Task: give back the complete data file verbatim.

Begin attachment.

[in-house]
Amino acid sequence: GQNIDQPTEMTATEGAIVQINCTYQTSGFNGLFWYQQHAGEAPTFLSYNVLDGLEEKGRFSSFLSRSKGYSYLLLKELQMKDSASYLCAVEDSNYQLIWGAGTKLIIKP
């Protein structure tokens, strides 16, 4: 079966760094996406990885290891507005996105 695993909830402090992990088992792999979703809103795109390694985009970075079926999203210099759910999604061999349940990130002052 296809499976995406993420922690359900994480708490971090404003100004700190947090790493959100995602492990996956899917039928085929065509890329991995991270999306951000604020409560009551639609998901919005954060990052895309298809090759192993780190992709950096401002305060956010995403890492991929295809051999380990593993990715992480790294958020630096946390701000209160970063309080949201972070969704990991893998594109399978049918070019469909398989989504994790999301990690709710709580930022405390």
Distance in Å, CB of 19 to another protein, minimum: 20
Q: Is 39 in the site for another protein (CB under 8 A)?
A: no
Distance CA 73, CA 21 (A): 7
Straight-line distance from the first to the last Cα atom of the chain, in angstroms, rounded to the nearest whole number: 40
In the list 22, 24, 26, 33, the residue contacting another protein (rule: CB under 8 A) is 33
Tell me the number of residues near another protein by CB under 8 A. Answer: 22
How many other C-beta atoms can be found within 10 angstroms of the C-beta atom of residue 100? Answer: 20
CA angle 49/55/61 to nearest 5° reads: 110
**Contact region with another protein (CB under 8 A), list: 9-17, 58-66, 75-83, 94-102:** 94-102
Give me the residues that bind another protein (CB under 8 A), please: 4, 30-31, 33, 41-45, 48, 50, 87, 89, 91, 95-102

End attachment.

[in-house]
Amino acid sequence: GQNIDQPTEMTATEGAIVQINCTYQTSGFNGLFWYQQHAGEAPTFLSYNVLDGLEEKGRFSSFLSRSKGYSYLLLKELQMKDSASYLCAVEDSNYQLIWGAGTKLIIKP
């Protein structure tokens, strides 16, 4: 079966760094996406990885290891507005996105 695993909830402090992990088992792999979703809103795109390694985009970075079926999203210099759910999604061999349940990130002052 296809499976995406993420922690359900994480708490971090404003100004700190947090790493959100995602492990996956899917039928085929065509890329991995991270999306951000604020409560009551639609998901919005954060990052895309298809090759192993780190992709950096401002305060956010995403890492991929295809051999380990593993990715992480790294958020630096946390701000209160970063309080949201972070969704990991893998594109399978049918070019469909398989989504994790999301990690709710709580930022405390």
Distance in Å, CB of 19 to another protein, minimum: 20
Q: Is 39 in the site for another protein (CB under 8 A)?
A: no
Distance CA 73, CA 21 (A): 7
Straight-line distance from the first to the last Cα atom of the chain, in angstroms, rounded to the nearest whole number: 40
In the list 22, 24, 26, 33, the residue contacting another protein (rule: CB under 8 A) is 33
Tell me the number of residues near another protein by CB under 8 A. Answer: 22
How many other C-beta atoms can be found within 10 angstroms of the C-beta atom of residue 100? Answer: 20
CA angle 49/55/61 to nearest 5° reads: 110
**Contact region with another protein (CB under 8 A), list: 9-17, 58-66, 75-83, 94-102:** 94-102
Give me the residues that bind another protein (CB under 8 A), please: 4, 30-31, 33, 41-45, 48, 50, 87, 89, 91, 95-102